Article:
Well, religion is a choice just like anything else, and frankly it’s better to make a definitive choice than to wallow in indecision. That being said, I cant really agree or disagree with any specific premises upon which your new-found conclusions are based as you have not revealed those with any degree of specificity why you disagree with certain doctrines. I think we’ve always had a rapport that has allowed us to freely disagree with each other, and as such I think it would come as no surprise to you that I disagree with your assessment of the implausibility of God’s character being accurately described by Mormon or Christian teachings. It goes to the core of your epistemological dilemma – because if you cant know whether or not God exists, then how could you know anything about his character? The most basic axiom upon which evaluations of character are based is the supposition of existence. So if you can’t know whether or not God exists, then you can’t know anything about God. Therefore, it is no more likely that he is the God of Christianity than not, because… well… you’re dividing by zero. But certainly you will be the first to review what you wrote, and remark that you said implausible, and not improbable, but little can be made of such a distinction as our basic assessments of what is plausible is premised on what is probable in our own experience. That being the case, your rejection of specific doctrines is ultimately irrelevant if you are unable to first determine whether or not God exists. But you said you can’t know if God exists, which then leads down a terrible rabbit hole of having to define God, existence, and knowledge. These are questions which the most prominent philosophers in the history of the world have been unable to concretely and irrefutably define. So we have to dispense with the universal, with the objective (unless you plan to succeed in universally defining these terms where countless others have failed) and return to what we as individuals have each perceived (with our senses or otherwise), and what we have experienced. And I can’t tell you what you’ve experienced, but I can tell you what I have. I’ve experienced growing up largely alone in my faith. Not just as a member of the Church, but as a person who sincerely believes in God. I have met countless people who were genuinely good people. The vast majority of the people I have known are not of my faith, and many do not believe in God at all. That has never precluded me from believing that they, too, can attain salvation/exaltation. And the tenets of the Church of Jesus Christ of Latter-day Saints also do not preclude that possibility. You say that you can be a good person without believing in God, of course that is true. You say that fear of God or hope of a reward in the next life is a poor reason to be moral – but that doesnt address the core of Christianity based in obedience out of love as the highest form of morality, followed then by obedience out of duty. Fear or hope for reward are viewed as imperfect motivations even within the Church. So I have lived my life neither obeying in fear or in hopes of a reward. And I have lived my life often not obeying in certain respects. But frankly I havent done much out of love. I dont love a lot of people. I love my wife, I love my family, and then outside of that I feel a sense of duty to be a moral person. A duty to myself, to those I love, to society, and to God. Why God? Because I have had experiences in my life where I cannot deny that I have been able to perceive that which is real, without the use of my senses. Several of those moments have come as the fruit of introspection that resulted in original thought. Those moments could easily be rejected by others and be attributed to the mind’s capacity for thought and reason, but the whole point is that it’s not what other people think about what I experience – it’s about what I experience. And in those moments I experienced something real. A feeling and sensation that has touched me to my core and in those moments, I sensed what was true, what was real. I perceived God. I perceived that God was aware of my existence. I perceived that I have a purpose in God’s eyes. Are those experiences deniable? Absolutely. Do I think you’ve had similar experiences throughout the course of your life? Definitely. But the whole point of those experiences is that they leave you with a choice. If reason could be used to prove the existence of God, then all people who subscribe to the fundamentals of logic could be essentially compelled, or persuaded to believe in God. So now we return to your original contention that it is not possible to know whether or not God exists. And I can tell you that in my experience, you dont need to be able to prove something exists to another person in order to know that it exists for yourself. Knowledge isnt always based on the universal or objective. And it isnt just about filling in what you dont understand with something that makes you feel flowery inside. It’s about seeking to know what is real beyond what your senses can perceive – and I know that there is a God. But I understand that although I’ve contradicted some things in your post, what you posted in one of your responses to a comment is the crux of your position, namely: “people can change their opinions and change their mind about what they believe as they learn, grow, have new experiences, and reevaluate old experiences.” There is nothing beyond your own choice of how to evaluate the experiences you’ve had that can bring you knowledge of God’s existence. And once you choose to know God exists, there is nothing to stop you from later disavowing that knowledge and the implications that come therewith. But likewise, once you choose not to know that God exists, know that there is nothing to stop you from once again choosing to know that God does exist.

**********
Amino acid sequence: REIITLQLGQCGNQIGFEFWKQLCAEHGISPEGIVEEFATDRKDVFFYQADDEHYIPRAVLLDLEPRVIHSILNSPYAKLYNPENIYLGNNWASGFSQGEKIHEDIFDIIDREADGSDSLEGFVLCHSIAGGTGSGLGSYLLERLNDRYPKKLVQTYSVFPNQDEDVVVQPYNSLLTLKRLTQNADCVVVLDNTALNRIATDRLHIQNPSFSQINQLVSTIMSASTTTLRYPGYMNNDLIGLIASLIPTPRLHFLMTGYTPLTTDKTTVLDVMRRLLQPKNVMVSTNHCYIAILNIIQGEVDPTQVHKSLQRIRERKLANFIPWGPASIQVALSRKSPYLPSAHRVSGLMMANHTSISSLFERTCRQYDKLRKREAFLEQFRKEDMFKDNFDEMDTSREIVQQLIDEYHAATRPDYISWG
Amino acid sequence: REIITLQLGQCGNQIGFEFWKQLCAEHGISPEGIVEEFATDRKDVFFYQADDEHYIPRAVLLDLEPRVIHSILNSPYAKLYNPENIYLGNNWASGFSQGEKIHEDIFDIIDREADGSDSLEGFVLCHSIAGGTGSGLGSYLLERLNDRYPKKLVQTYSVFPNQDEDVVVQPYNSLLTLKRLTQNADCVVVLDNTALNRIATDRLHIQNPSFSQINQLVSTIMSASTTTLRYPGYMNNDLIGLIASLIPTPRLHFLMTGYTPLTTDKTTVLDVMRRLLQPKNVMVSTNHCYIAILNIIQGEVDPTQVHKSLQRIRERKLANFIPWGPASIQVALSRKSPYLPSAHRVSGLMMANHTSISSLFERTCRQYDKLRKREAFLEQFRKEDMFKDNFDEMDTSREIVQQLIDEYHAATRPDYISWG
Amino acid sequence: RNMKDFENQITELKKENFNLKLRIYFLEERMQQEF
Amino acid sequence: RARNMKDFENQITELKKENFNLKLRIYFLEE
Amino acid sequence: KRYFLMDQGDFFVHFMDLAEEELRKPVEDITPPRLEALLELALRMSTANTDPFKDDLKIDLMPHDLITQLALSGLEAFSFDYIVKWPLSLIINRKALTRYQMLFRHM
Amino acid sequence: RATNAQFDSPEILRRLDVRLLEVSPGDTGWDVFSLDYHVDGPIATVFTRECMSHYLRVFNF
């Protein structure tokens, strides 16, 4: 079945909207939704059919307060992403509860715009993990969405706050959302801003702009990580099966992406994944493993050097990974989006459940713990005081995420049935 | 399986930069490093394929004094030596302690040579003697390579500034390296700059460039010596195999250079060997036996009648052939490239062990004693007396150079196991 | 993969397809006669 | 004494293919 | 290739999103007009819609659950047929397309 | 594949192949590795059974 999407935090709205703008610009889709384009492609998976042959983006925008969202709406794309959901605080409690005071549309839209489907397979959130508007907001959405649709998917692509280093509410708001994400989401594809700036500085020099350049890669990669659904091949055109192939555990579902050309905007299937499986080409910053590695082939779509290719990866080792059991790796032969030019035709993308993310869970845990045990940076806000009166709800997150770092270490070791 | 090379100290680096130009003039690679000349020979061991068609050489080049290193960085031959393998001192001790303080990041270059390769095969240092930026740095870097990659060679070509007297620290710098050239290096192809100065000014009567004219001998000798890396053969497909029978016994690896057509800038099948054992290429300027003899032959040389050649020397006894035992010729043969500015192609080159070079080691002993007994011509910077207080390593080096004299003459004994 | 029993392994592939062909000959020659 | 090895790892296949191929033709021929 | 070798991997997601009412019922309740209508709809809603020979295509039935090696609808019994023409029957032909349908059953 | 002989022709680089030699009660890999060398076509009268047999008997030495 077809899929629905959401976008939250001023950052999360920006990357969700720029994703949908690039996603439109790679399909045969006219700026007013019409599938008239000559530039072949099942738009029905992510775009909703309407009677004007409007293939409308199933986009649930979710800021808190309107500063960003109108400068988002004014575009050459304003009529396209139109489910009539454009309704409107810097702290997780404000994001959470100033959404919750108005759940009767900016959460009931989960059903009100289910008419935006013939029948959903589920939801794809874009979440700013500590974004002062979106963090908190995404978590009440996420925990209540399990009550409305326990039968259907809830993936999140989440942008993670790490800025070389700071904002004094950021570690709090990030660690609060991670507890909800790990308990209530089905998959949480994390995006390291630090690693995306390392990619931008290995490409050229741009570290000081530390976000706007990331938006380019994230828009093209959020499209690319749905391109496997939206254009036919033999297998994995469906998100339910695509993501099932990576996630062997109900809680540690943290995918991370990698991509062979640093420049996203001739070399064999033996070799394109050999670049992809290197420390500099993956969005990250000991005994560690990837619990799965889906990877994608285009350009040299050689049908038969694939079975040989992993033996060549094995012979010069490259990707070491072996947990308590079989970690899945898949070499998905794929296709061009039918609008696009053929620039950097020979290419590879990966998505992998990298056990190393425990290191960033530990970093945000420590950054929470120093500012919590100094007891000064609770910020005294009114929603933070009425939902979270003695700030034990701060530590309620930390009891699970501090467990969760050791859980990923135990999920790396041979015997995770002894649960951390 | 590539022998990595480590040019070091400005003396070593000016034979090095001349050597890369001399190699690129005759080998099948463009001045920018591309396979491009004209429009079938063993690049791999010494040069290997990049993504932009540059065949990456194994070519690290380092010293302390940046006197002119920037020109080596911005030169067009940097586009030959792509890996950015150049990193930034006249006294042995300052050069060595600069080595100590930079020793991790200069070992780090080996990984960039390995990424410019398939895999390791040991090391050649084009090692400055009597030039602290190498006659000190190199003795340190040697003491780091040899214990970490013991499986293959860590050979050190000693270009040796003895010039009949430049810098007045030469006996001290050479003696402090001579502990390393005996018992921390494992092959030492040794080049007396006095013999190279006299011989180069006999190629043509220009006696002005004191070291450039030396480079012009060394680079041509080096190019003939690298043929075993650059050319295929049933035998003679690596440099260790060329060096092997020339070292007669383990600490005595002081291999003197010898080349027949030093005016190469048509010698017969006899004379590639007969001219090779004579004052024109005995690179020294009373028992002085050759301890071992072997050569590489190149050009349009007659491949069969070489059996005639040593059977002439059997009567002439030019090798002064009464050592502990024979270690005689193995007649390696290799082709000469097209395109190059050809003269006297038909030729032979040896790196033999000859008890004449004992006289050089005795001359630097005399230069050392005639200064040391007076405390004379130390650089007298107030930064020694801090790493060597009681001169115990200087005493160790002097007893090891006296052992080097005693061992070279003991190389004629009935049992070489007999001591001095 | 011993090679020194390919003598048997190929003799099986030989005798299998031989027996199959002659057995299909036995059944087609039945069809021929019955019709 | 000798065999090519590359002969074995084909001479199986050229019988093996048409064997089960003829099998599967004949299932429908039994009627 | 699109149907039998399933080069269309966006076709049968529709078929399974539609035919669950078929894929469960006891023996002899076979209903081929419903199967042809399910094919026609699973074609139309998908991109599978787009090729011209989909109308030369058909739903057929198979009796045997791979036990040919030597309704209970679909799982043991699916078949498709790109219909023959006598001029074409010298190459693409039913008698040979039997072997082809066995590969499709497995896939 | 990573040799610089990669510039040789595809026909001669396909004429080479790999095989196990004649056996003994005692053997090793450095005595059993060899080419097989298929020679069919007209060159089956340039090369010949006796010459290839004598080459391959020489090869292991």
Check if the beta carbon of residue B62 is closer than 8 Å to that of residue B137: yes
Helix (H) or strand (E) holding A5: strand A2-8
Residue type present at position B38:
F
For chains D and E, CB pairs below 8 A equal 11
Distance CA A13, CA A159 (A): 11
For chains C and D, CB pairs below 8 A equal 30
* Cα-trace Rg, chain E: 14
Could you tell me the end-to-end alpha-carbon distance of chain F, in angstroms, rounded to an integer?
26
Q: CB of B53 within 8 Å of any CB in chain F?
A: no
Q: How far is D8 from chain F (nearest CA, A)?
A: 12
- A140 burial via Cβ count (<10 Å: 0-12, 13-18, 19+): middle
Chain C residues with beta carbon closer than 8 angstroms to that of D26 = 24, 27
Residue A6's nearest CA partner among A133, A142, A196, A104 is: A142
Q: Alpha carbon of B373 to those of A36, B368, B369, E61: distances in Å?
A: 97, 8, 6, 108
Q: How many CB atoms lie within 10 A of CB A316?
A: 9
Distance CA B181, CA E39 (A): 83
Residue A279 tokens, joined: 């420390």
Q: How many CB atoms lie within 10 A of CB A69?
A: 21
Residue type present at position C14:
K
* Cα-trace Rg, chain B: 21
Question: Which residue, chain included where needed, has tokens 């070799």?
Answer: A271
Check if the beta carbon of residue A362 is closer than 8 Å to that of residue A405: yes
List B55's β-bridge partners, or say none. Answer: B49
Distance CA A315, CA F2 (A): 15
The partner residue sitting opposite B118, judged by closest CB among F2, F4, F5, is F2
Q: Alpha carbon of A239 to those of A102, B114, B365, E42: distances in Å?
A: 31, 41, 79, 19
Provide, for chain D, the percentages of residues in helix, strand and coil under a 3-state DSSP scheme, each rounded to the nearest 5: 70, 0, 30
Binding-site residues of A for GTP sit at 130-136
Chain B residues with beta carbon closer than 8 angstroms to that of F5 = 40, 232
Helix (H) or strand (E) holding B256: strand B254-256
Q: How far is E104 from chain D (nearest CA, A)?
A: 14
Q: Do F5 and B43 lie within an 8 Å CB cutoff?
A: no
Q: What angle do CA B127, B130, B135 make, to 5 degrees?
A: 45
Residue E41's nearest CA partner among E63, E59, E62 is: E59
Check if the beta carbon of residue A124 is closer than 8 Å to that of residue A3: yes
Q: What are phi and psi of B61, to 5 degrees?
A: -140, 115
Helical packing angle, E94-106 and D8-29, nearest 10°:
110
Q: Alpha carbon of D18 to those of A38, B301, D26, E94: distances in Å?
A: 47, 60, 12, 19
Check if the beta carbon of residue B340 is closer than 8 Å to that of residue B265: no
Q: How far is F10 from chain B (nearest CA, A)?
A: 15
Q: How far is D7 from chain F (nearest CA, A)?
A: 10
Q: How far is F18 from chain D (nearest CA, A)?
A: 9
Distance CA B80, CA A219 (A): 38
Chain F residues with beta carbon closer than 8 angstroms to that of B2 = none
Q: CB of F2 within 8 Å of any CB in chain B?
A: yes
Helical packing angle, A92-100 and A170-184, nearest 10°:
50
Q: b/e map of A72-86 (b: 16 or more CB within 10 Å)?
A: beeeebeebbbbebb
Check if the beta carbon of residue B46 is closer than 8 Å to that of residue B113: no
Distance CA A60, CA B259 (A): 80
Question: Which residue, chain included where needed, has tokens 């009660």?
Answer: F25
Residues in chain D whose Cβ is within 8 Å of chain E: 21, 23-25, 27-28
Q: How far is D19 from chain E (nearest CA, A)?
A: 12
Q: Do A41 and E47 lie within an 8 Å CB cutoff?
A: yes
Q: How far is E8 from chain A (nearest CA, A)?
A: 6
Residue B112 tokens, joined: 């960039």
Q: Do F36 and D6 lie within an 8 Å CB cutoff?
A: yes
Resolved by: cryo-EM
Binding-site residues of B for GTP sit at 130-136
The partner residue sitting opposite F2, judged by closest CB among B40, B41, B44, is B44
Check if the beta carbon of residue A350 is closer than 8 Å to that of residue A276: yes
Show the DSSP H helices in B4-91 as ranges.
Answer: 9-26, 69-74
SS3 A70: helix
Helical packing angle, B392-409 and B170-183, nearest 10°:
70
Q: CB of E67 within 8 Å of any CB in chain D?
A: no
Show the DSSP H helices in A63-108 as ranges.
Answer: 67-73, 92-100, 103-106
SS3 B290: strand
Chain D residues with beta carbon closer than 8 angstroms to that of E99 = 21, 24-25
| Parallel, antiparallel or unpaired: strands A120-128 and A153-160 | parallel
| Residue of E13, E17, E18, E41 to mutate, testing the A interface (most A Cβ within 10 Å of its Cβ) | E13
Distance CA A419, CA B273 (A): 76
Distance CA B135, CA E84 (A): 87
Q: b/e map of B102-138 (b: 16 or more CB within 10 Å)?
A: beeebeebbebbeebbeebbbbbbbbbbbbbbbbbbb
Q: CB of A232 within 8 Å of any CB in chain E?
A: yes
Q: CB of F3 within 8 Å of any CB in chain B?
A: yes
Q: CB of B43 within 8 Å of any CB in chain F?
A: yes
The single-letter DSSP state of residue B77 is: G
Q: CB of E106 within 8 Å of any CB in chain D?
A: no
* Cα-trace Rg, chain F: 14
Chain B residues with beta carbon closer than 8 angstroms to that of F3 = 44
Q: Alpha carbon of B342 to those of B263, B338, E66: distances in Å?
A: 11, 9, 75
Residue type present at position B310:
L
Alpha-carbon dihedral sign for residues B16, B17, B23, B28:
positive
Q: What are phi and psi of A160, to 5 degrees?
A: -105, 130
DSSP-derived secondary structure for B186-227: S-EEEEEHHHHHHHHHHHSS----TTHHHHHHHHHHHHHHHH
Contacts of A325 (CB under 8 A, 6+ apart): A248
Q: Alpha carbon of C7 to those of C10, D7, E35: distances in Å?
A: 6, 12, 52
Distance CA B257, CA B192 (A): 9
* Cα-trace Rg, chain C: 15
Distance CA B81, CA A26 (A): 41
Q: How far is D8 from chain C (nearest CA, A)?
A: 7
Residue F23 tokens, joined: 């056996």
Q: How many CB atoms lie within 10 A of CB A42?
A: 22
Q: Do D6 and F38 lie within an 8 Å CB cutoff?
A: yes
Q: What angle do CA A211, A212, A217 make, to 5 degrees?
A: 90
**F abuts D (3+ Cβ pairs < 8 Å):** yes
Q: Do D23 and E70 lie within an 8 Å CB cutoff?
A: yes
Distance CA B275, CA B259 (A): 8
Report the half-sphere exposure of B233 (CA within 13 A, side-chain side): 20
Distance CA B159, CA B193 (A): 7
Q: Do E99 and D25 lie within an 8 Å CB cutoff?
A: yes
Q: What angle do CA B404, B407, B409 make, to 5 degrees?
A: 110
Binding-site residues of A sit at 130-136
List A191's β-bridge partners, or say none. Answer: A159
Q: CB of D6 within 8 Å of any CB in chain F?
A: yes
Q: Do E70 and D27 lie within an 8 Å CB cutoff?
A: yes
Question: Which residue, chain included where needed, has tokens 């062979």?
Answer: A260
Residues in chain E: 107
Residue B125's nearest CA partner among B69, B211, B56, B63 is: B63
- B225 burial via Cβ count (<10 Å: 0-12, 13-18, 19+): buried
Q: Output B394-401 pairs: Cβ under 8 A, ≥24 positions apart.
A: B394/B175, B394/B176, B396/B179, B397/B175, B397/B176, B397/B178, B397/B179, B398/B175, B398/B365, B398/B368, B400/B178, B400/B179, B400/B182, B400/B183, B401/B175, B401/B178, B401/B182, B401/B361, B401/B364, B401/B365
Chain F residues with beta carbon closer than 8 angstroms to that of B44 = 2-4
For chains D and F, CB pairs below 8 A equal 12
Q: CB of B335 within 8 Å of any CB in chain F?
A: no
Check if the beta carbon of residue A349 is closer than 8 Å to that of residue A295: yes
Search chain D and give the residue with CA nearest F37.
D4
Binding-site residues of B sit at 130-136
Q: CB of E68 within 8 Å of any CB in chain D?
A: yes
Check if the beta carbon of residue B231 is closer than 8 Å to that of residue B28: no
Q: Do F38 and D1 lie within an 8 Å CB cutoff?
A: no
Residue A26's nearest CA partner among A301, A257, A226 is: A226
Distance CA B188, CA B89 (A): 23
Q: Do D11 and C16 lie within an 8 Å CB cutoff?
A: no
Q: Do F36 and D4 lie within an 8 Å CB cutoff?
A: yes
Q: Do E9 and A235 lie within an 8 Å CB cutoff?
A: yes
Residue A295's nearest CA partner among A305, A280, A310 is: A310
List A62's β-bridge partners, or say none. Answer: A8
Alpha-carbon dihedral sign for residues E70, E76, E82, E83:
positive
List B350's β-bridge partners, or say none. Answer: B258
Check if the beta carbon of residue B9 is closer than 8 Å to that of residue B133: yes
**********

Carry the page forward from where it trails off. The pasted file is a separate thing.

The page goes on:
• Mike A. says: